Dealing With Anemia and MDS
- Many patients who have myelodysplastic syndrome (MDS), a type of blood cancer, will have to deal with some degree of anemia.
- Anemia occurs when a person does not have enough healthy red blood cells.
- Anemia can cause symptoms like fatigue, dizziness, and shortness of breath.
- Some MDS patients may have less severe anemia that only requires monitoring every few months, while others may need regular blood transfusions.
- As MDS progresses, the need for blood transfusions may increase.
Certain types of MDS can cause anemia, a condition in which patients do not have enough healthy red blood cells to carry oxygen to the body’s tissues.Read More
Symptoms of Anemia
When a patient is dealing with low red blood cells (or anemia), they may experience:
- Shortness of breath
In many cases, MDS will cause some degree of anemia and those diagnosed with the condition may require blood transfusions, depending on the severity of their anemia.
When Is Anemia Treated?
Doctors will typically look at a patient’s hemoglobin count to determine if a transfusion is needed. When the count is less than 7-8 grams per deciliter, they may order a transfusion. Hemoglobin is a protein in red blood cells that carries oxygen.
In general, the treatment for MDS will depend on several factors, including:
- The type of MDS
- The prognostic score
- The patient’s age and overall health
Currently, a bone marrow transplant is the only possible cure for MDS but it’s not an option for many patients because it is an intense therapy that not all patients can tolerate. Even if the disease cannot be cured, symptoms like anemia can often be managed.
"The most common symptom of MDS is anemia or reduced red blood cells," Dr. Jun Choi, a hematologist-oncologist at NYU Langone's Perlmutter Cancer Center, tells SurvivorNet. "And some patients require frequent blood transfusions to increase red blood cell level to a particular cutoff. That is because when your red blood cell is low, you can have symptoms such as fatigue, shortness of breath, and dizziness.”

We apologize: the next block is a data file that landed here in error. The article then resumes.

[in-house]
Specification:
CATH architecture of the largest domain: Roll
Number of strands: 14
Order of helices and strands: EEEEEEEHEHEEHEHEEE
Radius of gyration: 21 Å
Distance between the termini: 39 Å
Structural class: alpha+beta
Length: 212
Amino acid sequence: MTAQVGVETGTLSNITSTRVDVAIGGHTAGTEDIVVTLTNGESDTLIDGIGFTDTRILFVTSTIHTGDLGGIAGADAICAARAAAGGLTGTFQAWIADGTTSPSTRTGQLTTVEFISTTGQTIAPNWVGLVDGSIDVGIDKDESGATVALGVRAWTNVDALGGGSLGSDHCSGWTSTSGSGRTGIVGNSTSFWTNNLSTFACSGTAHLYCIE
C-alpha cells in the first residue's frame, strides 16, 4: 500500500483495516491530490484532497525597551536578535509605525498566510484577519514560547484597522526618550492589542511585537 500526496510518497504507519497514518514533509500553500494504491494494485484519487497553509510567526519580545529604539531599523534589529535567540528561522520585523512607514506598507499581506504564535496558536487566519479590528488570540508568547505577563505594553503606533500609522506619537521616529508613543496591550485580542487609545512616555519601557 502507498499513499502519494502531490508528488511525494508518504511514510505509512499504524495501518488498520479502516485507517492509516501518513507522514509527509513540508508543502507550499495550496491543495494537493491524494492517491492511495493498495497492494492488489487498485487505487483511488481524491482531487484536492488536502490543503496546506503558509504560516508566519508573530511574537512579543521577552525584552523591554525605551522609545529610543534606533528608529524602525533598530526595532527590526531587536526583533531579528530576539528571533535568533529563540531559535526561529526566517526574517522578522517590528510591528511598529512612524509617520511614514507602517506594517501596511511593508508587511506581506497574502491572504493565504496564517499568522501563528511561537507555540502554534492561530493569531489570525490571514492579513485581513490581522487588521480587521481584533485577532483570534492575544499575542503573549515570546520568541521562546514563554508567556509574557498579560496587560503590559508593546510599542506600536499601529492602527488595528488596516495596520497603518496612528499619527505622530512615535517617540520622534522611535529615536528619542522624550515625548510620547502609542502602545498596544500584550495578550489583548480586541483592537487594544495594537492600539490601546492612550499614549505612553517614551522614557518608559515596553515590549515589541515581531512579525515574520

"Red blood cells are responsible for carrying oxygen around your body and when they're low, you can have these symptoms â€¦ As the disease progresses, these requirements of transfusion amounts or frequency can increase," Dr. Choi says. At this point, another treatment such as a chemotherapy may be added to try to reduce symptoms and how often transfusions are needed.
How Does Anemia Affect Daily Life?
How anemia affects your daily life depends largely on the type of MDS you have and if the disease is considered high-risk. For patients who simply need monitoring every few months for a long period of time, their lives may not change very much at all. For patients who need regular transfusions, the time commitment can be a lot to handle initially.
“The time to travel to an infusion center, get a blood test, and then be administered the transfusion, which can take two or three hours to go in, it can be kind of like the amount of time needed for dialysis,” Dr. Stein says.
“In many parts of this country, the blood banks are not in the same site where the blood test is being done, so sometimes … a patient will need to come to a place on a Monday, get their blood drawn, send off the typing for the blood product on Monday and then the patient will have to come back on a Tuesday and then get that transfusion because the blood has to be obtained from some central blood bank.”
Dr. Stein notes that doctors need to send out requests for the right type of blood all over the country in both rural areas with fewer resources and big cities. The time commitment, he says, is one of the major challenges for patients who need regular treatment for anemia.
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